Trash dumping a problem at Conococheague Creek outlet
William Yaukey and Glen Dice brought a survey map to the Antrim Township Board of Supervisors meeting Nov. 24, and asked that the gate on Patton Bridge Road be moved forward. The gate is near the Conococheague Creek in a 50-foot right-of-way for Antrim Township, but on the property of Yaukey. He reported that the lane has been a dumpsite for trash and people hanging around, which has led to environmental and safety concerns.
"We take a trash can every single time we go," said Yaukey. "It's always full."
He has found sofas, deer carcasses, oil filters and personal items.
Dice, his father-in-law, hoped the township could care for the site, hauling off the garbage, some of which ends up in the creek. With no parking lot, people park in the ROW, blocking neighboring farmers from accessing their own fields.
The Park Committee recommended starting conservatively in addressing the problem, which has been ongoing for years. Chairman Nate Bacon suggested signs to prohibit littering, advising private property and no parking. He said the access point was targeted as an entrance for a future boating trail. Closing the end of the road could be done later if necessary.
The supervisors planned to visit the remote site before acting.
The concession stand is finally a done deal. The board members present, James Byers, Rick Baer, Curtis Myers and Fred Young III, took another vote on how to construct the building at Antrim Township Community Park, and settled on a one-story block style. Antrim project manager Lynda Beckwith had discovered through talks with DCNR and Centura architect Dave Molina that the grant would not cover the second floor because it would not be handicap accessible. Administrator Brad Graham said the cedar-building originally considered through the Pennsylvania CoStars program likely would not have been totally covered either, as it had a second story and would also require stairs and another door for fire safety.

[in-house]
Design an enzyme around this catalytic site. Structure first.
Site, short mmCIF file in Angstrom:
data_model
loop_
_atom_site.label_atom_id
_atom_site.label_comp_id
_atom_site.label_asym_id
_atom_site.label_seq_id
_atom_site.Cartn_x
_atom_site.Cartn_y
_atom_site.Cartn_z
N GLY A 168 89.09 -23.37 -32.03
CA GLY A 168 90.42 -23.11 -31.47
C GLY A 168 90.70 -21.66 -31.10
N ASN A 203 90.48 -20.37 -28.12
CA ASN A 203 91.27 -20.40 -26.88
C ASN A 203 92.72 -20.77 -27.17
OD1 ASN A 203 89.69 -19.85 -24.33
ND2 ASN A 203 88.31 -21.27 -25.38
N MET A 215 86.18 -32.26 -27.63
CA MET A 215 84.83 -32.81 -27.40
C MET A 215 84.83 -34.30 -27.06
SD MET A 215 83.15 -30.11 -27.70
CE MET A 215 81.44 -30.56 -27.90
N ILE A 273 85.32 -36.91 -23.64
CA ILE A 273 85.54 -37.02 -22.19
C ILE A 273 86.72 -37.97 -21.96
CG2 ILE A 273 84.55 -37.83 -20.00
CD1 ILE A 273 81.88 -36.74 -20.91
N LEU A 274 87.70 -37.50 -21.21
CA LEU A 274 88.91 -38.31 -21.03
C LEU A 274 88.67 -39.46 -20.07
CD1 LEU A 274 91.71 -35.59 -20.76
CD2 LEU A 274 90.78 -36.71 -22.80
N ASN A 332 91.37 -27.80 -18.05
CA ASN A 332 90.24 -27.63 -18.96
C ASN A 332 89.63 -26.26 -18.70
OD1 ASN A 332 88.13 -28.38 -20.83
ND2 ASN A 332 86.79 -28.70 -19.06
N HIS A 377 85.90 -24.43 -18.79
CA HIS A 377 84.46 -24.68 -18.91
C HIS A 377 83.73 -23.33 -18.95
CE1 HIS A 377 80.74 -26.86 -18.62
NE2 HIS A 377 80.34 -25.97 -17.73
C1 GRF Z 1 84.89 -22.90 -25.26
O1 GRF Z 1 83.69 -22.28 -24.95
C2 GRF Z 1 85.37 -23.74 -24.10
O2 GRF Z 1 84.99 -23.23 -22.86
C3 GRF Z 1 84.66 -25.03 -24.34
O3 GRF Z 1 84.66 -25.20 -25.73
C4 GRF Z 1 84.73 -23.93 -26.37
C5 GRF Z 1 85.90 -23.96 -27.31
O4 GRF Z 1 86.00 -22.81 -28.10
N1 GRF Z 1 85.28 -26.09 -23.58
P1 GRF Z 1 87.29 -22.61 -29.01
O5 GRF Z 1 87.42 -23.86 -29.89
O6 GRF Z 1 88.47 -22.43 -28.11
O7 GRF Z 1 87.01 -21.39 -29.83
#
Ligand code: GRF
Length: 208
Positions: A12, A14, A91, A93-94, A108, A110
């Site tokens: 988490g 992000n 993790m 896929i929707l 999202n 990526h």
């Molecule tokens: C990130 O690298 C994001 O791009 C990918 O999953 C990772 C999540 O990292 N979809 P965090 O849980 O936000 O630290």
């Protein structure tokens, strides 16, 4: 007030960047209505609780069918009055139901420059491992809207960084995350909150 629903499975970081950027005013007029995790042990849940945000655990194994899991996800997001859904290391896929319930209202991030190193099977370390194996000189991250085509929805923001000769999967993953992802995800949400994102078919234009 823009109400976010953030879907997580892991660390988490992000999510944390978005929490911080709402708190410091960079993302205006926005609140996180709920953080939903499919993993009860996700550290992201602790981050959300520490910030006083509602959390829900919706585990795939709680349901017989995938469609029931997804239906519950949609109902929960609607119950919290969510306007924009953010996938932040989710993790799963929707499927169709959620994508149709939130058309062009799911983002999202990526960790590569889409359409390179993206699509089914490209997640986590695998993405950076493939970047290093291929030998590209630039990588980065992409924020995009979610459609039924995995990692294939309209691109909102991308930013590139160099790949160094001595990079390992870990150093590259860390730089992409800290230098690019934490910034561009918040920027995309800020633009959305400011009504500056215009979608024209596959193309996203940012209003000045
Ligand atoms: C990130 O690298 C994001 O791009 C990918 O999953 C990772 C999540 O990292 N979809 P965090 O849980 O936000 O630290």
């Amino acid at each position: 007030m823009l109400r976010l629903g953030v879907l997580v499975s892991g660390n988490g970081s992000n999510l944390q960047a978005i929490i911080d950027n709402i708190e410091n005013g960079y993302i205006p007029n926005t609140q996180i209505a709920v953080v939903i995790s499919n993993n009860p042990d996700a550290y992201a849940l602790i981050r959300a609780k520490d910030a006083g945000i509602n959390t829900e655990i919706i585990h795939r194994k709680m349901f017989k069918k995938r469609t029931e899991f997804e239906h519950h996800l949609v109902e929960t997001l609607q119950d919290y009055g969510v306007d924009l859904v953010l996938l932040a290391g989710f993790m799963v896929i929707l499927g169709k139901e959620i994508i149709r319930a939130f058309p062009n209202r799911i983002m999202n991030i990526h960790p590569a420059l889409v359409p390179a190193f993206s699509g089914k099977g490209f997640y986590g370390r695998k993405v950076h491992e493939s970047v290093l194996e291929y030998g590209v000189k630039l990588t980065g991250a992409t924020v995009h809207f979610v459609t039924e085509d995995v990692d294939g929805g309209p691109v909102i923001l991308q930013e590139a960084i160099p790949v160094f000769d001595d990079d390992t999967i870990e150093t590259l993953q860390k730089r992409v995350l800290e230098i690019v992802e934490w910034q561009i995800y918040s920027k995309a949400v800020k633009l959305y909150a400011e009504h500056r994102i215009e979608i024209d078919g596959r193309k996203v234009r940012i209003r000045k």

Byers moved to keep it simple with just one level. The motion passed 3-1 with Young opposed. He said he found value in the upper level.
Graham explained that the inspection of Martin's Mill Bridge by Ehrlich revealed better than expected results. The historic structure still contained carpenter bees, carpenter ants, woodboring beetles and wood decay fungi, but it was treatable. The board approved a two-step approach to eliminating the insects - a one-time treatment for $3,800 and six monthly treatments through the spring and summer for $3,240 total.
The final meeting of the year was moved from Dec. 22 to Dec. 29 at 11 a.m. The budget will be passed at that time.
Employees will receive a $100 gift card for the Christmas bonus. The supervisors said it would be up to the employees to claim the income.